Sunday, May 30, 2010

Salad Days: Late May in our Chicago Roof Garden

Exploding greens this week, with some real heat in Chicago. Yes, cool-weather greens prefer cool weather, but our recent 90-degree days kicked up their growth and we've been feasting on raw greens topped with olive oil, red wine vinegar, and salt.

And occasionally a piece of smoked salmon
(French breakfast radish from the in-ground garden).

This new gazebo SIP run Art put in is shaded for a couple extra hours in the morning than the other greens run. I moved some of the greens there before the darn things shoot to seed

I wish greens lasted all summer.

The tatsoi is sweet and flavorful.

Carmona lettuce too.

Endive, chicory, wrinkled crinkled crumpled cress.

Aside from noshing, I like not having to buy this nutrient-dense food trucked in from miles away.
Big bowl o' greens.

Bruce rode over with some more heirloom tomato starts, from Green City Market.

Thanks, Bruce.

Hurry hurry: tomatoes love this heat more than I do.

I planted a bunch.

All's right with the world.

Wednesday, May 26, 2010

Grow Little Green Girl! Kara's First SIP

One picture tells this story best...

whose mom calls her Little Green Girl

Kara's mother Debbie wrote us last week:
My daughter loved planting the SIPs today. She really likes watering them and smelling the Miracle Grow organic fertilizer...?
Me too, Kara! I like everything about planting, from the musky barnyard scent of the fertilizer to your perky little seedlings.

There's a back story here. Early in 2010, Debbie wrote us to offer seeds from her Franchi packets. She lives just outside the city and reads our blog. We'd never met, and we were struck by her generosity.

Some of the Franchi seeds
Debbie mailed.

Flash forward to our tomato seedling misfortune. Could Debbie provide some tomato starts, she asked? Gratefully we said yes and offered to set up a few SIPs to say thanks for all the Franchi love.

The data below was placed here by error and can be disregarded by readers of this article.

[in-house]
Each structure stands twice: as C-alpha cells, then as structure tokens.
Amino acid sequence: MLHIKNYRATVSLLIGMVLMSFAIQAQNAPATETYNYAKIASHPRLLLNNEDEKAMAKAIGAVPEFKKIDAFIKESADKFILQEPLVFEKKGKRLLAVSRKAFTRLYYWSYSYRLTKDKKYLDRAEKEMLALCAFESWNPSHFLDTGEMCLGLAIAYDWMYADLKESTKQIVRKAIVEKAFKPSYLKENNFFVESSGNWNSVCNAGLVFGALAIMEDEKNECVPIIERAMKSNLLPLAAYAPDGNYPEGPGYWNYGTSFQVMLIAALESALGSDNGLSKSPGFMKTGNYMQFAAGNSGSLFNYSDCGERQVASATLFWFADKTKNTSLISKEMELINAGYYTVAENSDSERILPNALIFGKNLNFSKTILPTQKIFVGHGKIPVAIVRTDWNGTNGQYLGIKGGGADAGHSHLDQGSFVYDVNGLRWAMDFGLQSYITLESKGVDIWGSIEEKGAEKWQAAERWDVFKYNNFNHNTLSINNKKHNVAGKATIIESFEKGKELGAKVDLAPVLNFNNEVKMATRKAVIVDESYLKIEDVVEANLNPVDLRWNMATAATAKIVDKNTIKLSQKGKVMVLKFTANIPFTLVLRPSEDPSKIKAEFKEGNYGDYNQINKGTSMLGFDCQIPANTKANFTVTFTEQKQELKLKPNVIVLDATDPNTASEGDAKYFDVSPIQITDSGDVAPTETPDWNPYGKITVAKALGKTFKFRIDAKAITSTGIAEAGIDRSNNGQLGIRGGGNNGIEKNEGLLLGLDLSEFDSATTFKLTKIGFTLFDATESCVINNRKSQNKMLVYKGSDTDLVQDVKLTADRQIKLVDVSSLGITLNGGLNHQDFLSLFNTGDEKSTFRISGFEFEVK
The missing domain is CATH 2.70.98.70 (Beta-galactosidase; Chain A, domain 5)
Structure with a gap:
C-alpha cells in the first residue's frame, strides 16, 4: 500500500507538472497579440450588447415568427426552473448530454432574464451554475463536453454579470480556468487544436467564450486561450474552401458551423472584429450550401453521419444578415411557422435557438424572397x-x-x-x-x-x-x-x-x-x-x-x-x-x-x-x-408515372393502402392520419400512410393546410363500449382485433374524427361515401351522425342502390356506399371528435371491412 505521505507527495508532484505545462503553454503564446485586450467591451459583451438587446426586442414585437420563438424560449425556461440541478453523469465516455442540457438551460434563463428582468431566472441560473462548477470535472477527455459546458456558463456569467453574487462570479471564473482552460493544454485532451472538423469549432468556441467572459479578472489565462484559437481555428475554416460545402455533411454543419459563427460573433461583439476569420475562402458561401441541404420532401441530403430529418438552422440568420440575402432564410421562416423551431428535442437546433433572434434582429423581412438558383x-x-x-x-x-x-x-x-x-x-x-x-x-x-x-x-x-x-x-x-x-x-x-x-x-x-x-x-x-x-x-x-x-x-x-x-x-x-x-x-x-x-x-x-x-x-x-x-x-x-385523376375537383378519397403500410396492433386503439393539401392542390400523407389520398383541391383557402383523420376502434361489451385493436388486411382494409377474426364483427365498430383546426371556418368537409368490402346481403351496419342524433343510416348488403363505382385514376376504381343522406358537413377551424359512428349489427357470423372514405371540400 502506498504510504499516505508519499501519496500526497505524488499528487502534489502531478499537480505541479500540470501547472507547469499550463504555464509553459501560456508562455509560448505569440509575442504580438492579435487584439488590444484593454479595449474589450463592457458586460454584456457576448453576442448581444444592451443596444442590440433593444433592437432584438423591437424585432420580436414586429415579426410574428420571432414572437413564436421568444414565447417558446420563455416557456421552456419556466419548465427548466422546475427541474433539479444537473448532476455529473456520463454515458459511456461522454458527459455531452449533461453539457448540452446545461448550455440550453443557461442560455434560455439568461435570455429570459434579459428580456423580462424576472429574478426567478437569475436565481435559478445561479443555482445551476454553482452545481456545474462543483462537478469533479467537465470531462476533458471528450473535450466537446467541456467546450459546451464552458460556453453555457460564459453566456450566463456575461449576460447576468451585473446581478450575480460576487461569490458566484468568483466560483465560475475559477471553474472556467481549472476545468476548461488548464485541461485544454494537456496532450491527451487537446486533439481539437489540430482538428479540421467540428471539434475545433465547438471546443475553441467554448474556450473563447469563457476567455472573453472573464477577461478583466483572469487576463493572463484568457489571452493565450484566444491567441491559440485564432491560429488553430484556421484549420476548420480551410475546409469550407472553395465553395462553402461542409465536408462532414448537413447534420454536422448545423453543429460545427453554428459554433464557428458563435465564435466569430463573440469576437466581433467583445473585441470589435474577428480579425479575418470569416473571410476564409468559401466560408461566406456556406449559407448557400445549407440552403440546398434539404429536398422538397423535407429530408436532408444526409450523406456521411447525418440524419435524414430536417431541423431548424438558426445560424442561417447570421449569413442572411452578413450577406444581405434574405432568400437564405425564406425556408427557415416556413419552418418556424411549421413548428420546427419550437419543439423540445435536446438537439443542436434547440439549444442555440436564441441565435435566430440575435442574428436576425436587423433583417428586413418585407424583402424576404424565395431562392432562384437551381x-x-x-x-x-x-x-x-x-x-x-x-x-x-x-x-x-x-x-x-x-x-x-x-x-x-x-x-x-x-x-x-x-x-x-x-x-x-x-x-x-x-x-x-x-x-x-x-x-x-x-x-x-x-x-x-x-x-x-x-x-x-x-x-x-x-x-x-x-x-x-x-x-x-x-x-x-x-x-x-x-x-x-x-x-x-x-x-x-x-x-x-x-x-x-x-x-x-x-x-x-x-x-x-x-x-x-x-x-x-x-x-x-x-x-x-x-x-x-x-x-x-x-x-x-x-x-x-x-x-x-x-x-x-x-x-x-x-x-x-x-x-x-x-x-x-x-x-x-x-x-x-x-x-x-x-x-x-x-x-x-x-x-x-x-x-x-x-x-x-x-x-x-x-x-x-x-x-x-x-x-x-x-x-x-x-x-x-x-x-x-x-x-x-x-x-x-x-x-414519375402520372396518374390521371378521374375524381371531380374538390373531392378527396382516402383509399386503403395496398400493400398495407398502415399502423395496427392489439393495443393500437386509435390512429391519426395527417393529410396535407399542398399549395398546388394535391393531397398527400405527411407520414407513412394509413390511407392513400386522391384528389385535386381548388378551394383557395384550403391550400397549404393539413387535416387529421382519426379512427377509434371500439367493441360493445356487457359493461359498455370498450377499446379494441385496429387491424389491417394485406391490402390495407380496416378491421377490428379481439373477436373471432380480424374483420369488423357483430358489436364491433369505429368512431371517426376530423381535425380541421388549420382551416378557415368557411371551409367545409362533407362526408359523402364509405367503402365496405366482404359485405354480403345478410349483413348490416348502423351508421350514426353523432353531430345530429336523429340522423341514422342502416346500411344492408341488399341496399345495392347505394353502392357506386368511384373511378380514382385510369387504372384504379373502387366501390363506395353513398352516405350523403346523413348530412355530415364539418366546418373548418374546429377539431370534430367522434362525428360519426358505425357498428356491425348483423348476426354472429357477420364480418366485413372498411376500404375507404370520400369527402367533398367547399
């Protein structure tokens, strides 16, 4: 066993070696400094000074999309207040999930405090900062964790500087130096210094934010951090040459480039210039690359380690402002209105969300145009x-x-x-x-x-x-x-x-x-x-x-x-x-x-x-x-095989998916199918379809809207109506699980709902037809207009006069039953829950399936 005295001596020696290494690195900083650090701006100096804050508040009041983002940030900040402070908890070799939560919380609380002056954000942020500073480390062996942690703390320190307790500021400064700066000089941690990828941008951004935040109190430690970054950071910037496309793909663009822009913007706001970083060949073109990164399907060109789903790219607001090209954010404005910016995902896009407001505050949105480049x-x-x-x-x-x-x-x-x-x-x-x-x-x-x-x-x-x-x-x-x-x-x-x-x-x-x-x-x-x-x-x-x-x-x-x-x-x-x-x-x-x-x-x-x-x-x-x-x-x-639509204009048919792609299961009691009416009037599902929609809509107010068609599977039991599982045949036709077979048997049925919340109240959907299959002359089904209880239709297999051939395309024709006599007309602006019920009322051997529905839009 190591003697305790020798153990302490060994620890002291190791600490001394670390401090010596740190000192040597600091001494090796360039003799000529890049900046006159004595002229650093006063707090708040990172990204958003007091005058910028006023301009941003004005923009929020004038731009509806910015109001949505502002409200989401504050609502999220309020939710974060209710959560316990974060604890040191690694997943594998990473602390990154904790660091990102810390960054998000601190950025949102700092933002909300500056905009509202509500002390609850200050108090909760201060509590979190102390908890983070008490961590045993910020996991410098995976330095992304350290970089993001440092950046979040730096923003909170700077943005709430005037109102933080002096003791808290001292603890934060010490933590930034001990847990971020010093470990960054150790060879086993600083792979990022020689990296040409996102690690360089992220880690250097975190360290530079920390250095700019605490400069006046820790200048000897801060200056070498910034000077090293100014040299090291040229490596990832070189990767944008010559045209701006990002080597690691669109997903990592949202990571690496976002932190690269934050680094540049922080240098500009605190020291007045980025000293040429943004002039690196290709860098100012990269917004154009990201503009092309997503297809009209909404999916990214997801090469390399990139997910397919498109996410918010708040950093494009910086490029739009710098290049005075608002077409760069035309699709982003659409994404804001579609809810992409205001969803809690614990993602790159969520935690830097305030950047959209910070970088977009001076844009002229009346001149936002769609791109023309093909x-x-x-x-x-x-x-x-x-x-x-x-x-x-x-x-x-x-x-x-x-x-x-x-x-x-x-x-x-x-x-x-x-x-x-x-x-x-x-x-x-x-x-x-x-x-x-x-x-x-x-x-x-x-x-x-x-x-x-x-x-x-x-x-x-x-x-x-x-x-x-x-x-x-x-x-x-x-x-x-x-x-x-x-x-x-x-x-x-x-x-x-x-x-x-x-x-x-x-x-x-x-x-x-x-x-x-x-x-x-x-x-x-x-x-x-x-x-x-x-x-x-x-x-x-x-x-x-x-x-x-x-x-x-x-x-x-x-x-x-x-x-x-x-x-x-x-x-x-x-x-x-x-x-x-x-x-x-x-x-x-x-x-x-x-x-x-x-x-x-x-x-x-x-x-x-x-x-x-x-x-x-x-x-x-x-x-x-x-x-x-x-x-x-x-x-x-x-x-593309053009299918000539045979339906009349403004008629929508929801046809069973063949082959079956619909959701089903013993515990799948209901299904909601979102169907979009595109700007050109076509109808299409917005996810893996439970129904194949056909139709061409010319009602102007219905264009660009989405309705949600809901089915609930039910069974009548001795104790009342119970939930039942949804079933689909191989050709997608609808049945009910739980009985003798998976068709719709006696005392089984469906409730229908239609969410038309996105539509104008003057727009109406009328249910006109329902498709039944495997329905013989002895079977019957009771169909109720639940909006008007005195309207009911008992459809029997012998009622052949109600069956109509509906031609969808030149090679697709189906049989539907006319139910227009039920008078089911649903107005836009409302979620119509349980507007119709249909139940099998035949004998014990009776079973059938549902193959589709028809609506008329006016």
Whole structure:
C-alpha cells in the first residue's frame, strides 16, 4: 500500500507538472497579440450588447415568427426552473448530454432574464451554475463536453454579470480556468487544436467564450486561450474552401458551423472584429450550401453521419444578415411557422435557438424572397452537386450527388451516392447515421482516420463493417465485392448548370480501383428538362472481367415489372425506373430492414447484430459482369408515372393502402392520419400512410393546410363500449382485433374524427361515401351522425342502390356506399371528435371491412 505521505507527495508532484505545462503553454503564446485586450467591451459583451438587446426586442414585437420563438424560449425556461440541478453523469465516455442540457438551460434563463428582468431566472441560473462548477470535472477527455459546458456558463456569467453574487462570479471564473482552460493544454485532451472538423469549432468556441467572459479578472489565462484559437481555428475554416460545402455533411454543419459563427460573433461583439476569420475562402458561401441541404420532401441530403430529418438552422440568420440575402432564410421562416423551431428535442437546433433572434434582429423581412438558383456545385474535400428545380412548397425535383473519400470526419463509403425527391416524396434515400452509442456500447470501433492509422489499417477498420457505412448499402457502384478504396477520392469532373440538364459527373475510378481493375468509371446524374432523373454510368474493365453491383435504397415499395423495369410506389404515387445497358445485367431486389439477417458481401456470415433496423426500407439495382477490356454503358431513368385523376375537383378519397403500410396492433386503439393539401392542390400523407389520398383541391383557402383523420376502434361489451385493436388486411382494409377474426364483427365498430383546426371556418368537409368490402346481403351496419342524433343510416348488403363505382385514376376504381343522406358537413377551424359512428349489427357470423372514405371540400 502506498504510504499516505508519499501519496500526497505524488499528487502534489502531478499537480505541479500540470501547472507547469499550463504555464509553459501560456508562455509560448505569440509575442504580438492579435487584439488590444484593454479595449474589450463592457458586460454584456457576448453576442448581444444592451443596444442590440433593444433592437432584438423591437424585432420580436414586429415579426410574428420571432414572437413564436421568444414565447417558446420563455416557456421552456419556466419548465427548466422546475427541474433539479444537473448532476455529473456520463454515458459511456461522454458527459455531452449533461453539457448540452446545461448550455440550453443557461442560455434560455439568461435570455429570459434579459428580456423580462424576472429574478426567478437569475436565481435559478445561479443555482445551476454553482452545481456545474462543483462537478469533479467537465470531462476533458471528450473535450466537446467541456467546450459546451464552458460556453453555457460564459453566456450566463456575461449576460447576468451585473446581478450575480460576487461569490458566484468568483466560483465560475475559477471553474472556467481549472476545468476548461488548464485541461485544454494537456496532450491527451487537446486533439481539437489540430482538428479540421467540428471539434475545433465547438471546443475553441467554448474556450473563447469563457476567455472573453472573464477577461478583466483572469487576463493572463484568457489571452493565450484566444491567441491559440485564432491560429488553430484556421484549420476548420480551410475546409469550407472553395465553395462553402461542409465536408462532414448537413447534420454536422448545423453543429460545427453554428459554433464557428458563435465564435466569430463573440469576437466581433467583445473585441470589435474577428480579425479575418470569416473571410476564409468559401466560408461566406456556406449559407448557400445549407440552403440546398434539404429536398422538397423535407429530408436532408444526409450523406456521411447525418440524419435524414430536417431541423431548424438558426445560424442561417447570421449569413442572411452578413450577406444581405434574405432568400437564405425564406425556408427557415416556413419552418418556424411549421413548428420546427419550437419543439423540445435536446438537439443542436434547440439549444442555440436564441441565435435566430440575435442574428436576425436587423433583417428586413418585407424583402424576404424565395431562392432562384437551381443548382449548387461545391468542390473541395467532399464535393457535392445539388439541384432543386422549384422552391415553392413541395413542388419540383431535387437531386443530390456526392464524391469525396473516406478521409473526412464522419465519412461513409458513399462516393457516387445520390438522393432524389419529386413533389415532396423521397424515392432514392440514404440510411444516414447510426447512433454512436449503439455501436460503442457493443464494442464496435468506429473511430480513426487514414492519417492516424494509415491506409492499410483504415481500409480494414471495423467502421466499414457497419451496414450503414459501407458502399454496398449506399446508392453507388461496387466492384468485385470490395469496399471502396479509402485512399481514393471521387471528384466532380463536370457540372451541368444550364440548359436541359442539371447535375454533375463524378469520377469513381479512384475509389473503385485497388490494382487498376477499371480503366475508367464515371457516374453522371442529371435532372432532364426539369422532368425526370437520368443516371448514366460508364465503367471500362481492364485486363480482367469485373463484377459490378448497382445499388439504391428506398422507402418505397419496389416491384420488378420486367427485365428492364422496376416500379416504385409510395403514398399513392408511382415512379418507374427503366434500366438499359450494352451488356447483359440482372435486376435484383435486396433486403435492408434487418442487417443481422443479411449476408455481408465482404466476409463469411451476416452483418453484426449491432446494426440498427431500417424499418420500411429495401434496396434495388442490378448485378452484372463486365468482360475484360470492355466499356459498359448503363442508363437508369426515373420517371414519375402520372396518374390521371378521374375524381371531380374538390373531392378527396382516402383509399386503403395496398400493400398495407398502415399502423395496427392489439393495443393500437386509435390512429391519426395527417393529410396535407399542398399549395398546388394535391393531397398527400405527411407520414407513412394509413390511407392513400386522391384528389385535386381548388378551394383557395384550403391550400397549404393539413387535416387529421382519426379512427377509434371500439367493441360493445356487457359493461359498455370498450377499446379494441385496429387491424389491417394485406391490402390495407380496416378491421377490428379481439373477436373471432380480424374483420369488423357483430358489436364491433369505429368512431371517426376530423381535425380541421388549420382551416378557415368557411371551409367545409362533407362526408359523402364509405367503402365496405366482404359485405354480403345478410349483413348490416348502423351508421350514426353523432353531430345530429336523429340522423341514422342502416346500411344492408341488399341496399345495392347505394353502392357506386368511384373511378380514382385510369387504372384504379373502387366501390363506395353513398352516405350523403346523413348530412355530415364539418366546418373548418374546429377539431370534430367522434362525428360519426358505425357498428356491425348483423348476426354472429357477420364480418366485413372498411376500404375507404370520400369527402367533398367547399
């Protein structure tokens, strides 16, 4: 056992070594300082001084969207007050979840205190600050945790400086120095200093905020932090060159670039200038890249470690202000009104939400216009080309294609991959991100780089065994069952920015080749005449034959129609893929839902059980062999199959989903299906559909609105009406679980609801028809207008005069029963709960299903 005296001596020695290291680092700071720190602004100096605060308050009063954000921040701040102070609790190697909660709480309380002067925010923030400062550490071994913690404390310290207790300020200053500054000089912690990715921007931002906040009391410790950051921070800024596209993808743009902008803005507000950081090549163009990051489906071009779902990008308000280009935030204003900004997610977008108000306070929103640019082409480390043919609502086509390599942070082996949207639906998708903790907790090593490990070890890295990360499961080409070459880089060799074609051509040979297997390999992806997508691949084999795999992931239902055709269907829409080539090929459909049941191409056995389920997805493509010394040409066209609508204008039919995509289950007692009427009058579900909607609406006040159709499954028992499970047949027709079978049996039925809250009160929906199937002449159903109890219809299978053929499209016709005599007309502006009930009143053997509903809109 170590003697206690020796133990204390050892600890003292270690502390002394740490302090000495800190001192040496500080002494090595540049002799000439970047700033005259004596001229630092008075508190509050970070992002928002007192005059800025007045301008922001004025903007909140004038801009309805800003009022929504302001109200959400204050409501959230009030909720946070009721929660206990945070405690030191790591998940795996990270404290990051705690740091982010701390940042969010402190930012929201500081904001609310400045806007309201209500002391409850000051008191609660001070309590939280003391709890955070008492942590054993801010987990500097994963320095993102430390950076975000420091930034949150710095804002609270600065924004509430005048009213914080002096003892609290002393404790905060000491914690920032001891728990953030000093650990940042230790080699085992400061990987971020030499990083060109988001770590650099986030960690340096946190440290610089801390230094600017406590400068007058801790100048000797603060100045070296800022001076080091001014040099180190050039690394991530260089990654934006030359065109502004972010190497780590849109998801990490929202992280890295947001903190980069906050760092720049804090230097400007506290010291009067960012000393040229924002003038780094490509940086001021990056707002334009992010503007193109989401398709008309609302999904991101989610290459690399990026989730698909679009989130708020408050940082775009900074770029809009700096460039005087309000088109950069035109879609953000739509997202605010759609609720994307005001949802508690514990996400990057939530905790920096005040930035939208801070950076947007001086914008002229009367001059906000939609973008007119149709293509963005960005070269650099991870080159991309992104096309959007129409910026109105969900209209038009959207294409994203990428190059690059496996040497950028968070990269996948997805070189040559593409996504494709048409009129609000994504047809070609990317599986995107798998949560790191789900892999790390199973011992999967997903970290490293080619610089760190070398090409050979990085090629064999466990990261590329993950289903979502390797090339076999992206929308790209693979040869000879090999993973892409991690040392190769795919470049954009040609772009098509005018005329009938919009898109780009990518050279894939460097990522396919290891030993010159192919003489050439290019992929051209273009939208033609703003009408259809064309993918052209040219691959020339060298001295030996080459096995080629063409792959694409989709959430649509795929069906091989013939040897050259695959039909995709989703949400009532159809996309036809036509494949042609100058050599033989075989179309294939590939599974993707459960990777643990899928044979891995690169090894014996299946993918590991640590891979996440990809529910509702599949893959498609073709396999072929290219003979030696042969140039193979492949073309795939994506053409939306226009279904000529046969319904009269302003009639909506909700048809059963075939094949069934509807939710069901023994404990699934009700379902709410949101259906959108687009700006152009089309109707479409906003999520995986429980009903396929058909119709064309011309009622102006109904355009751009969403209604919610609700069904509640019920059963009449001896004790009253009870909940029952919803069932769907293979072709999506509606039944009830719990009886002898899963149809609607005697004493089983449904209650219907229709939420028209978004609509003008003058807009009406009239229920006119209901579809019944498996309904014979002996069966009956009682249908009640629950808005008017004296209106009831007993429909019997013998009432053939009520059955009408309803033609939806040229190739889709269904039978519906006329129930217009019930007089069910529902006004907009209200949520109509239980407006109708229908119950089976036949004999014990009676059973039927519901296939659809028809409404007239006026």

Drilling out SIPs
with Art

Debbie emailed us after she took the SIPs home and planted them with her daughter:
I am so excited that Kara is excited! Underlying all this is my desire for her to eat more veggies and to understand and respect how food is grown. Even a 9-year-old can do it.
Exactly right. We think Debbie's a terrific mom and that her Little Green Girl is the future. And that Inside Urban Green has this one right: maybe Kara can take her SIP skills and share them with her classmates.

Won't it be fun to see how their gardens grow, in the ground and in the pickle buckets?

Way to go, Kara!
Send us more pix soon.

Saturday, May 15, 2010

Changing the Rooftop Ecosystem: It's All Connected

Oil gushing into our precious Gulf of Mexico and beyond will likely affect our planet's ecosystem in catastrophic ways we haven't even imagined.

There are less damaging ways to be reminded of the interconnectedness of our world, though, like last weekend, when I went to the roof to get greens for a mother's day salad and found bird droppings on the bok choy. For the first time in three years of rooftop growing I had to wash what I picked.

And then I realized: we'd changed the roof's ecology significantly by introducing two beehives. Soon I saw this bird on the bee-cam--the video feed Art set up so we could view the goings on at Hive 1 and the new hive, where the Italian bees hang out.

Who was this bird with yellow breast and
what looked like raspberry sauce poured on its head?
It was snapping bees out of mid-air and also poking its head into the hive entryway--bold, in my view.

I googled the Audubon Society and was surprised to find they have a bird ID email all set up. Within a day I had my answer from David Catlin, Senior Director of Field Support at national HQ in Springfield, MO:

It's a partially-molted male tanager, most likely a Scarlet Tanager, given that the photo was taken in Chicago. First-year birds come into their breeding plumage late--which is why this one is still partly yellow-green.

The fact that these beauties (seen here in their ultimate plumage) eat bees explained the bird droppings all around both hives and on a few of our leafy greens. A few days later, I captured this shot off the monitor...

Another scarlet tanager,
a little further along in his molt?

We can never un-hitch one part of nature from another, so with bees we get birds and the products of their digestive tracts.